In times of trouble Hamas Inc. reverts to rockets

The Islamic terror organization is also a huge business, with a billion-dollar annual turnover in graft.

Hamas terror organization is also a huge business, with a billion-dollar annual turnover in graft (photo credit: AHMED JADALLAH / REUTERS)
Hamas terror organization is also a huge business, with a billion-dollar annual turnover in graft
(photo credit: AHMED JADALLAH / REUTERS)
Hamas is a terrorist organization. Its 1988 Charter (Article 7) speaks about the “Day of Judgment,” when “the stones and trees will say O Moslems... there is a Jew behind me, come and kill him.” Article 22 blames the Zionists for the French and Russian revolutions, colonialism and both world wars. I expect they may soon add global warming. Article 32 cites the Protocols of the Elders of Zion – long proved to be a forgery.
What is less widely known is that Hamas is also a huge business – a corrupt, failing one, with a billion-dollar annual turnover in graft, Mafia tycoons, and massive money laundering.
A direct cause of Hamas rocket attacks against Israel in July was the massive collapse of Hamas Inc.’s business. At the same time, it was Hamas’s money machine, and the countries and people that fed it, which made possible the incredible spider web of tunnels, rocket factories and rocket arsenal.
They bear some responsibility, at least, for the tragic toll of dead and wounded on both sides of the Gaza border.
When Lehman Brothers filed for bankruptcy on September 15, 2008, its boss Richard Fuld fired off angry words because US Treasury officials refused to bail out the company. Hamas, in contrast, fired rockets.
And, predictably, Hamas’s backers in Qatar, Turkey and Iran whipped out their check-books. It works almost every time.
IDF intelligence says intercepted Hamas communications spoke of the “July War” for months before it occurred. War or bankruptcy. They chose war.
I usually try to disagree when someone says, “It’s all about money,” because, often, it isn’t. But in this case, it really is. Here is why.
What caused Hamas’s severe cash-flow crisis? It was what economists call an “external shock” – an unexpected and severe change in the business climate.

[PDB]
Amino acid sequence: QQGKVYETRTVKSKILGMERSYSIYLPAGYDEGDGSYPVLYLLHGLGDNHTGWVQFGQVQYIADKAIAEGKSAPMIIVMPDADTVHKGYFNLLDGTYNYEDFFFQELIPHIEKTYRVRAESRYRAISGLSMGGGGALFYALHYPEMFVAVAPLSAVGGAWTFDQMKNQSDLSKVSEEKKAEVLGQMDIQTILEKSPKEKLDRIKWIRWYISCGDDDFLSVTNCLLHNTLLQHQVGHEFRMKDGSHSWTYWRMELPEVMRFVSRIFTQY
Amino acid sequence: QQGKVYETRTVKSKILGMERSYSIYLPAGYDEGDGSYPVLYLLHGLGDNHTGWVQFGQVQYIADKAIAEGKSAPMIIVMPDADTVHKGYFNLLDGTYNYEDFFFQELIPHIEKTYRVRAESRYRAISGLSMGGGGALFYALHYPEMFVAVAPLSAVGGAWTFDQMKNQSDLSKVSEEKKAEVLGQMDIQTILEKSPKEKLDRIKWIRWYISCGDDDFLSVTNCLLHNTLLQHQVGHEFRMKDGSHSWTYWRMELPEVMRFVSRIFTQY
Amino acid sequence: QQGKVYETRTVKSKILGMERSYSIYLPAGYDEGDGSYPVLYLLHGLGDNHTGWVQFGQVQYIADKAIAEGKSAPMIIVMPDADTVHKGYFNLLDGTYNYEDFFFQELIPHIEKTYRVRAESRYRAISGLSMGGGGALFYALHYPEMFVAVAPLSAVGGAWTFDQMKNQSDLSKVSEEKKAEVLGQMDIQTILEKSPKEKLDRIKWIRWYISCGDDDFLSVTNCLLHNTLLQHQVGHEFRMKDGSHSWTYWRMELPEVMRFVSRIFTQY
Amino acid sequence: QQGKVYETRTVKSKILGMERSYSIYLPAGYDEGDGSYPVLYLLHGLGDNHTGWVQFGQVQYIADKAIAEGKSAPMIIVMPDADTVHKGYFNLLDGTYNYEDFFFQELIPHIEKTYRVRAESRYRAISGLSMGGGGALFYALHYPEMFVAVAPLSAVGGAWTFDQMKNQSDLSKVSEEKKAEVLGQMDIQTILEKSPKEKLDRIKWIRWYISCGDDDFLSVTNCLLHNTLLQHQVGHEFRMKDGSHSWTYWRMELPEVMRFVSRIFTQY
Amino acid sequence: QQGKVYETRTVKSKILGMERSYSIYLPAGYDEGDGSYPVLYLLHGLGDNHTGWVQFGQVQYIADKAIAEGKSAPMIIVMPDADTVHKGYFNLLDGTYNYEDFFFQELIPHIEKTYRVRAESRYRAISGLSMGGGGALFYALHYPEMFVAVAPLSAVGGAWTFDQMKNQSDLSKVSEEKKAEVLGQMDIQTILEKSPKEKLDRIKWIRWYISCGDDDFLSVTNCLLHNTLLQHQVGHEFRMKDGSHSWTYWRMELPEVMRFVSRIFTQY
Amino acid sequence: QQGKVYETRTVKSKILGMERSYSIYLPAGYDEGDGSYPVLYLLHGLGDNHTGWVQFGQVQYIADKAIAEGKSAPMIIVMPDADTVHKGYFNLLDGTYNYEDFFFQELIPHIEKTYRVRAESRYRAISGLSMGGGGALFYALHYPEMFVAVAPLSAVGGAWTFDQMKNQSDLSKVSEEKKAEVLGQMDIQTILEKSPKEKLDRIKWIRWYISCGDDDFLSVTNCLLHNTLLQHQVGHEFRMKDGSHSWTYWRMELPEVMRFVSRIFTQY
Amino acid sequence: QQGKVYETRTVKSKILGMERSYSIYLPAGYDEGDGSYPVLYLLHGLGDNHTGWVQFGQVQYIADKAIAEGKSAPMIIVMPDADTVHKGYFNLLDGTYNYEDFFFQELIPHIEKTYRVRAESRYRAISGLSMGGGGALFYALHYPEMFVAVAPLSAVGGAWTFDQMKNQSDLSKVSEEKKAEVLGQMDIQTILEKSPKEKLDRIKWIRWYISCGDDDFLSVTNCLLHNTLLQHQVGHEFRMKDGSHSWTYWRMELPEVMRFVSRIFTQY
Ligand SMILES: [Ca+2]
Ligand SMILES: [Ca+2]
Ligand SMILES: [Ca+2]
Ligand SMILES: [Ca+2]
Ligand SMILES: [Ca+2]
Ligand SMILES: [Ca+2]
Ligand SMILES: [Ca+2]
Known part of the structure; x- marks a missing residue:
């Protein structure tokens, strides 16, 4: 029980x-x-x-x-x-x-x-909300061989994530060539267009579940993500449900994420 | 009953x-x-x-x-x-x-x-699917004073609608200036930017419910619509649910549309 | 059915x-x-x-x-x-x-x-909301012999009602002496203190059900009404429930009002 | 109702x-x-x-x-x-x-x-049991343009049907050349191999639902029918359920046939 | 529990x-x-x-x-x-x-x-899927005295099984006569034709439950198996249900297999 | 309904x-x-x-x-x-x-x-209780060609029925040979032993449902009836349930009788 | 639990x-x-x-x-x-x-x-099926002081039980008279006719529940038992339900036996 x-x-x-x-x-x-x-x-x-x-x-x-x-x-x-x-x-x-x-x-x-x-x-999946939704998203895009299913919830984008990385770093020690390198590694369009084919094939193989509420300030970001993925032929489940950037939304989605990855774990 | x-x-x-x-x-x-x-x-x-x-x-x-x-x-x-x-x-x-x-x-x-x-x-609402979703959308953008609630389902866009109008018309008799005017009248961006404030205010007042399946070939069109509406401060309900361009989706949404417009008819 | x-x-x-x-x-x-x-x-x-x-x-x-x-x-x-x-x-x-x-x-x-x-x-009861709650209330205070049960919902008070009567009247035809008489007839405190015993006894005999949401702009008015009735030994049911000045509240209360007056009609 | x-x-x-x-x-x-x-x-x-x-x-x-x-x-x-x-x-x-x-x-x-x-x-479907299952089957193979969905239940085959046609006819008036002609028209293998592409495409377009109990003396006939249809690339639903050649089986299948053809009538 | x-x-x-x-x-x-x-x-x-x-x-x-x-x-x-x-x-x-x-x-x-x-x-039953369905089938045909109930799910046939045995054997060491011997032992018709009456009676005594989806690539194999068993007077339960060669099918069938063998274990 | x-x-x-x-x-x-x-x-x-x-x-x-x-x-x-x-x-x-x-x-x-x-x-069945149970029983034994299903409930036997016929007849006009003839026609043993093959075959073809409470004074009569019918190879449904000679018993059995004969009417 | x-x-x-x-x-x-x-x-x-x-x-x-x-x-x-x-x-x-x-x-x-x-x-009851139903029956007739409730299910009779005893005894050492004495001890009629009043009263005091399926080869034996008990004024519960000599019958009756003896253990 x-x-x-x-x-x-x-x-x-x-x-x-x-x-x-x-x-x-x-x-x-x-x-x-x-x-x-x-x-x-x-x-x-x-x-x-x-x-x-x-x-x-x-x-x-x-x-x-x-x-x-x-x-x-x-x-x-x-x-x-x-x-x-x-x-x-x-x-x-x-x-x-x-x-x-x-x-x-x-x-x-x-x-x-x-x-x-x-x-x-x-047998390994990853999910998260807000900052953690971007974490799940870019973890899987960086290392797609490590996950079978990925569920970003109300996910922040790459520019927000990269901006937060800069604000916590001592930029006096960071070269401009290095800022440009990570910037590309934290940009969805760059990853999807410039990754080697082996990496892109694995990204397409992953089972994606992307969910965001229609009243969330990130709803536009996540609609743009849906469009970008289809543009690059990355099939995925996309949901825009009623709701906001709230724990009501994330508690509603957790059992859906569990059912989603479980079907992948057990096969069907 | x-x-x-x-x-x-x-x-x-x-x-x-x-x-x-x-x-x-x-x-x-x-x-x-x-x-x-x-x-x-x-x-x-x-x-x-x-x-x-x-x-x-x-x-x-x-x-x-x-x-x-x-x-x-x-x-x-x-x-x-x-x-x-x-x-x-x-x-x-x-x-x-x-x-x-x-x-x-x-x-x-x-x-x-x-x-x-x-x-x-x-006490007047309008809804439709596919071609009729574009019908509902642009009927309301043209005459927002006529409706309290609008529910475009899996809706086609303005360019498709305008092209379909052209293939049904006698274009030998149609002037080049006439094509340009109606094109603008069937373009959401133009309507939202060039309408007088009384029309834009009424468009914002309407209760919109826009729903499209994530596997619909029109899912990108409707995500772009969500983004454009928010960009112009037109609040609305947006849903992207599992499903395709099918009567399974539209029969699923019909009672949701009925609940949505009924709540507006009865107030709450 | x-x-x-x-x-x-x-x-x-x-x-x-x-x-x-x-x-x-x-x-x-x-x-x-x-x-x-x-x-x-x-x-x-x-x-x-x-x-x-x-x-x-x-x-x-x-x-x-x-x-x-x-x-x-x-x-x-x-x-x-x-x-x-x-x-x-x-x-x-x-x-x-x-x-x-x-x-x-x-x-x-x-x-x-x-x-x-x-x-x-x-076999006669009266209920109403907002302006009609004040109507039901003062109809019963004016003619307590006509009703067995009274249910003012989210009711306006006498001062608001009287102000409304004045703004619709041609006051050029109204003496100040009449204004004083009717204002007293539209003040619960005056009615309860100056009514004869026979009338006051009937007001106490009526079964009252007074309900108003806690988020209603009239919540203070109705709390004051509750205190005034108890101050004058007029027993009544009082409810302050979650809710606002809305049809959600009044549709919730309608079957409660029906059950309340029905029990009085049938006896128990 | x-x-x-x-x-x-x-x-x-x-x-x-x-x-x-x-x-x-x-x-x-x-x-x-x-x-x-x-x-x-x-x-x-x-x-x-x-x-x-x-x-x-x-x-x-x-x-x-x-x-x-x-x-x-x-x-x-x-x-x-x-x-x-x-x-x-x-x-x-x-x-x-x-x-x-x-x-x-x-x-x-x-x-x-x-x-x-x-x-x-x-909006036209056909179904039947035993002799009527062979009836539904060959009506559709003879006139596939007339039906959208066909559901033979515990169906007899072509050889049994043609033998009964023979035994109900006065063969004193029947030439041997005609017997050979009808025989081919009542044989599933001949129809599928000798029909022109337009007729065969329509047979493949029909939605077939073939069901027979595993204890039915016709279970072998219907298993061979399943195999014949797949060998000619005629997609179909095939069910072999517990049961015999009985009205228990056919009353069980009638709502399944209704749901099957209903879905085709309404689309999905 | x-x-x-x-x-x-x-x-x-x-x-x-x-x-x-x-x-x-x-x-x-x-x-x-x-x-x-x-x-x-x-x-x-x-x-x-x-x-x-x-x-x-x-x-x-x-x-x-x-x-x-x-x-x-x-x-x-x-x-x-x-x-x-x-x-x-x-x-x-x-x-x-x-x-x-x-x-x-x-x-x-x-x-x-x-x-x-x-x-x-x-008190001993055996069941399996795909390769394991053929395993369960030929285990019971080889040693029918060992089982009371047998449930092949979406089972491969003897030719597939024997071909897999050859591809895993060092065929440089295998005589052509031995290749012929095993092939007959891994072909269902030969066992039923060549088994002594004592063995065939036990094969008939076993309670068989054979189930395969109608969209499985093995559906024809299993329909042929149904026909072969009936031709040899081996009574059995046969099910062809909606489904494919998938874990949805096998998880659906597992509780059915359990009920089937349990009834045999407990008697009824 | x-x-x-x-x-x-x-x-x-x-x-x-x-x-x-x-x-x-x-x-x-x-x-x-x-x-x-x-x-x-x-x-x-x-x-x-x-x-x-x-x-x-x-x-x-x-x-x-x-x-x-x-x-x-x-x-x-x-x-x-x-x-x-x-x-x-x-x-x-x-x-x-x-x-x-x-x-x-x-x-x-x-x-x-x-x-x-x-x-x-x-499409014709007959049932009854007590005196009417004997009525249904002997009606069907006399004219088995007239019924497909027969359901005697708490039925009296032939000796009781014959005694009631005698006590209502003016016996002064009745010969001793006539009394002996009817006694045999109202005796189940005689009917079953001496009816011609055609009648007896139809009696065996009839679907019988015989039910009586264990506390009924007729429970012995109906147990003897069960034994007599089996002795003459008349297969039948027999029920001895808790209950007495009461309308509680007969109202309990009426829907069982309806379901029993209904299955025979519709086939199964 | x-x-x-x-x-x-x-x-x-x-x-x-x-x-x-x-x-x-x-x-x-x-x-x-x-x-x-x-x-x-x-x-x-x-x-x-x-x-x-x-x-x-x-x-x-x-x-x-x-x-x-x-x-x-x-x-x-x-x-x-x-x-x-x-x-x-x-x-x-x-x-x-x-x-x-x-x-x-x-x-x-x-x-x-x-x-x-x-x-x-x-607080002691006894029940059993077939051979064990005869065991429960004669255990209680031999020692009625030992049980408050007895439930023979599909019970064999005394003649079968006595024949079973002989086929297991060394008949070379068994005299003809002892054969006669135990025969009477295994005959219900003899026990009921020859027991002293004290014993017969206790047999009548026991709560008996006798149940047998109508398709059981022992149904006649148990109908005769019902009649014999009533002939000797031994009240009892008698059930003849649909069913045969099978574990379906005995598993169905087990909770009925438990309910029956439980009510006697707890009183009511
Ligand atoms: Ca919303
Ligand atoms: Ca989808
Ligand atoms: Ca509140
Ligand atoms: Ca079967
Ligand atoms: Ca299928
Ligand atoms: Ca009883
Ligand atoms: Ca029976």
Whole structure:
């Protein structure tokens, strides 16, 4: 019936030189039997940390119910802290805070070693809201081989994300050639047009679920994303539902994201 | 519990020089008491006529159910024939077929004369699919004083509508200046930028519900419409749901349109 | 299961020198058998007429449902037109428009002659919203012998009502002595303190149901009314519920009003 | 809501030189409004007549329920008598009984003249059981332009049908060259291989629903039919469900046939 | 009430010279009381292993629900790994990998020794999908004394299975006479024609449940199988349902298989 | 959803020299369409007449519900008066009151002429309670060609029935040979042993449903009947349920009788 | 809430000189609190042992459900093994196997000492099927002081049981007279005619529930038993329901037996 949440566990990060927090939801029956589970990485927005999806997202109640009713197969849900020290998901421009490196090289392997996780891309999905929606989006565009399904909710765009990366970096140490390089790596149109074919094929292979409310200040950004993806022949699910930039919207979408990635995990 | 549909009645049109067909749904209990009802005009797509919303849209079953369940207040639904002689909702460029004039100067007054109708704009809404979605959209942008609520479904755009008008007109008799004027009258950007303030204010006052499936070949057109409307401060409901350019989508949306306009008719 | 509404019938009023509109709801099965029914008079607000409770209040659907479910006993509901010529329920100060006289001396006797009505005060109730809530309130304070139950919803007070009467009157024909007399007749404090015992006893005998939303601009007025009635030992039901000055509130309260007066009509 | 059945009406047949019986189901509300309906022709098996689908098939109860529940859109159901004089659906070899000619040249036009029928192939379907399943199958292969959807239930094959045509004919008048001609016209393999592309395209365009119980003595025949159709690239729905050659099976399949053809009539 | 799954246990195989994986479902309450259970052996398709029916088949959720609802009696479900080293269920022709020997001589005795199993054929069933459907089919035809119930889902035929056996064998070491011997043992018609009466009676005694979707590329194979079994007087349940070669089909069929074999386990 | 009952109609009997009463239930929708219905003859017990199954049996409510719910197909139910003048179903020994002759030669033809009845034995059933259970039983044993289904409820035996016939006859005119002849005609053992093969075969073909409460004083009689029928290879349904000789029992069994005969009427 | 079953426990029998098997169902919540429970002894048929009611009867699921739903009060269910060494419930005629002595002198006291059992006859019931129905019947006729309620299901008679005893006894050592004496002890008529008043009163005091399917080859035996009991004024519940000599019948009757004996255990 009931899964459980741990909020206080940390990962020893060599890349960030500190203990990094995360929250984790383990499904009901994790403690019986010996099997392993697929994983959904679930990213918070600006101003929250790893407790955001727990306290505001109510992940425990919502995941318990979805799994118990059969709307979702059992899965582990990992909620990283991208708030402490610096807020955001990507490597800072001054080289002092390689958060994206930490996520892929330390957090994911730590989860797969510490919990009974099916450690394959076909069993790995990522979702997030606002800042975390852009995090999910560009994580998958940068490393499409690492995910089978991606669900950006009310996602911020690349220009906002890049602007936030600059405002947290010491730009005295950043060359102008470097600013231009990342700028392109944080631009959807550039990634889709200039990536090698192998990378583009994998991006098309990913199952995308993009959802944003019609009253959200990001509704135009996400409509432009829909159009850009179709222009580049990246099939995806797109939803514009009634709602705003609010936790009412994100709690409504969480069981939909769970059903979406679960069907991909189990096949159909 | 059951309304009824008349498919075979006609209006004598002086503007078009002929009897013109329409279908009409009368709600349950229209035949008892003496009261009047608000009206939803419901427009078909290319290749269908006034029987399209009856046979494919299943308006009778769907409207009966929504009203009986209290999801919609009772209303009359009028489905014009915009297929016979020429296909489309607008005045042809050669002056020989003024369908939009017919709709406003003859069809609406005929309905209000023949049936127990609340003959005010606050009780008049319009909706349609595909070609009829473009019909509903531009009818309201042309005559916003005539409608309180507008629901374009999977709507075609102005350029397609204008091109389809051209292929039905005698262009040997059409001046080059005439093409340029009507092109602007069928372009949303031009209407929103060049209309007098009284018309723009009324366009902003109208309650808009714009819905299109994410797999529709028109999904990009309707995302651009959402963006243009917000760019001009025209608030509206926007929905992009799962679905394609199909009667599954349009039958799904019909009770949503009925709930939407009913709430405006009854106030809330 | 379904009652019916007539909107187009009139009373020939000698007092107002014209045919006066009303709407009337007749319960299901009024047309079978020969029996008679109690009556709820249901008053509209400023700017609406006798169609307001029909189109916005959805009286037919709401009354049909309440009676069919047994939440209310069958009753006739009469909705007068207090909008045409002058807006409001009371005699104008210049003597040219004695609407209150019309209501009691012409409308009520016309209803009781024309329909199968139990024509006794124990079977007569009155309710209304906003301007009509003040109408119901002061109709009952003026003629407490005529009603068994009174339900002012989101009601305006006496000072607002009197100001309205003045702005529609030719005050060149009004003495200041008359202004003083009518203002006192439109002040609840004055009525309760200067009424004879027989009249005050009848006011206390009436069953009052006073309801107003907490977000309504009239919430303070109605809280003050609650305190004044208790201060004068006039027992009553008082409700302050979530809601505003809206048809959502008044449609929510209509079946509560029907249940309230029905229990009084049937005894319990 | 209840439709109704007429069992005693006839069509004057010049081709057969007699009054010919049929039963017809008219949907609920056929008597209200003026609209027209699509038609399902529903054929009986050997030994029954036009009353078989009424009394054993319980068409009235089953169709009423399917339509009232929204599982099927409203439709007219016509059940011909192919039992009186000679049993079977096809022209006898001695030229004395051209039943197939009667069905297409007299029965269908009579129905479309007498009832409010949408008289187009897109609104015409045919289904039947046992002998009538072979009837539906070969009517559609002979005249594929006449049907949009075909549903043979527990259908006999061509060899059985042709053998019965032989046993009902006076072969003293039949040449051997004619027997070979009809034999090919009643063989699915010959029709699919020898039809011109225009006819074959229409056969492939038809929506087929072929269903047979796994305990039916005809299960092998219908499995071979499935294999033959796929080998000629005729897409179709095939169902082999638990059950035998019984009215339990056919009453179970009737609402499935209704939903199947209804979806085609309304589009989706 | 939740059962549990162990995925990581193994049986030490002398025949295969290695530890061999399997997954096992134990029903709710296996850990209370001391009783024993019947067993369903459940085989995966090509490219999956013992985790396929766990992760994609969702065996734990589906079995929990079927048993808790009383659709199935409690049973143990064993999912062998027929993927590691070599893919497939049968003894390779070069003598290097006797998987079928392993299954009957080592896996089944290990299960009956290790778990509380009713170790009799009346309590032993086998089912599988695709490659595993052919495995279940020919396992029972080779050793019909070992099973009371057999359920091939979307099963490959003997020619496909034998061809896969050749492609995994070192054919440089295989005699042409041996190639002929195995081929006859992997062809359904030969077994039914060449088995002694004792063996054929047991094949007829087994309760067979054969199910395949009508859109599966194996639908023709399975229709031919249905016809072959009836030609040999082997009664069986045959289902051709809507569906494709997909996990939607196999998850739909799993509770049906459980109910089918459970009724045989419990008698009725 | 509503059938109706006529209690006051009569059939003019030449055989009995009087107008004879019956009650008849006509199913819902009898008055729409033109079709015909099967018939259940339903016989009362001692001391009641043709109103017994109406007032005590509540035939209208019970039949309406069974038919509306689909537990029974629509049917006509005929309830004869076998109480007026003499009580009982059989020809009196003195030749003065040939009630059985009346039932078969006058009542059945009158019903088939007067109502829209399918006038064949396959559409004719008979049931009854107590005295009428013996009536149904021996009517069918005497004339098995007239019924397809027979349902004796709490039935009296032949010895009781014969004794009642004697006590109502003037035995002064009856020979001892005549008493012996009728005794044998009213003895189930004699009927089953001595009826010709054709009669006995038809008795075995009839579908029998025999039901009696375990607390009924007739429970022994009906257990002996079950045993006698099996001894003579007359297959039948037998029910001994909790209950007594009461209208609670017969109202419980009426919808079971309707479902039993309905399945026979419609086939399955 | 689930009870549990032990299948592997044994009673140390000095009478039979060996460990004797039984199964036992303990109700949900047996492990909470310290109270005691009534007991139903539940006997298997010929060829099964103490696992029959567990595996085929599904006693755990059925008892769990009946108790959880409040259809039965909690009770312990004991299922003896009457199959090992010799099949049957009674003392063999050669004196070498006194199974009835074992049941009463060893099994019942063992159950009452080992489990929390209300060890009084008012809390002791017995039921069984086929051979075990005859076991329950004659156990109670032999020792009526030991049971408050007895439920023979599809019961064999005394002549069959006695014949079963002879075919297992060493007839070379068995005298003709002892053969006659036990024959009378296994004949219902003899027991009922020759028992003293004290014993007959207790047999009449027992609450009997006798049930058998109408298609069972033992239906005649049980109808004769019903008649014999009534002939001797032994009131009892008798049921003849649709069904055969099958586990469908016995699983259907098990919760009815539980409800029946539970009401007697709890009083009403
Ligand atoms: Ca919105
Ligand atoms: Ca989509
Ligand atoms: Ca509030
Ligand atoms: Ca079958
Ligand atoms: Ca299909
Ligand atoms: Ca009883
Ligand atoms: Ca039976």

First, Hamas lost the warm embrace and support of former Egyptian president Mohamed Morsi, an Islamist, deposed a year ago by defense minister (now President) Abdel Fattah el-Sisi. Egypt systematically began to destroy Hamas’s smuggling tunnels between Sinai and Gaza, a major source of Hamas revenue.
Second, Hamas support of Syrian Isla - mist rebels cost them funding from Iran, which supports Syrian President Bashar Assad. Some 80 percent of Iranian financial aid went straight to the Hamas military wing until 2011 when Iran closed its checkbook. Qatar and Turkey picked up some of the slack – more about that later.
Hamas fell deeply into the red. Its payroll of 40,000, of which 60 percent is comprised of police and soldiers, remained, but the money to meet it evaporated. After the Palestinian unity government of Fatah and Hamas was sworn in June 2, Palestinian Authority (PA) President Mahmoud Abbas made sure that only the 70,000 PA workers in Gaza were paid, not the 40,000 Hamas workers. He did this mainly due to American pressure.
The result: Major unrest, including a violent ATM episode in which Hamas workers (with overdrawn accounts) fought armed guards, who opened fire, killing several.
Hamas was broke. It desperately needed something to fill its empty coffers. According to several sources, at its peak Hamas Inc. spent almost $1 billion a year. Then the money dried up. Hamas had a huge $700 million hole in its bucket. So, how about a nice little war? Casualties? Hamas military leadership was safe and sound, deep underground, while its political leadership lived in the lap of luxury in Doha, Qatar and Cairo.
Until its cash-flow crisis, how did Hamas Inc. pay its soldiers and police, and fund its rocket factories and tunnel building? HAMAS RAN a huge and profitable business in Gaza, until its collapse. According to Shuki Sadeh, writing in the business daily The Marker, “In its 27-year history, Hamas has shown as much expertise in finance as in fighting.” I would say, probably a lot more.
Hamas violently took power in Gaza from the PLO in 2007. Hamas Inc.’s annual budget, then only $150 million, grew to nearly $1 billion in just five years. That is a 46 percent annual average growth rate. Even Lehman Brothers never matched that. It’s worth a Harvard Business Review case study.
Hamas collected taxes “on anything that moved” – from import duties on smuggled cars (25 percent) to falafel stands. Hamas taxed water, store signs and bus transportation. Until President Sisi moved to destroy them, Hamas ran some 1,200 smuggling tunnels under the border with Egypt. Its annual profit from the tunnels alone was 600 million shekels (about $175 million).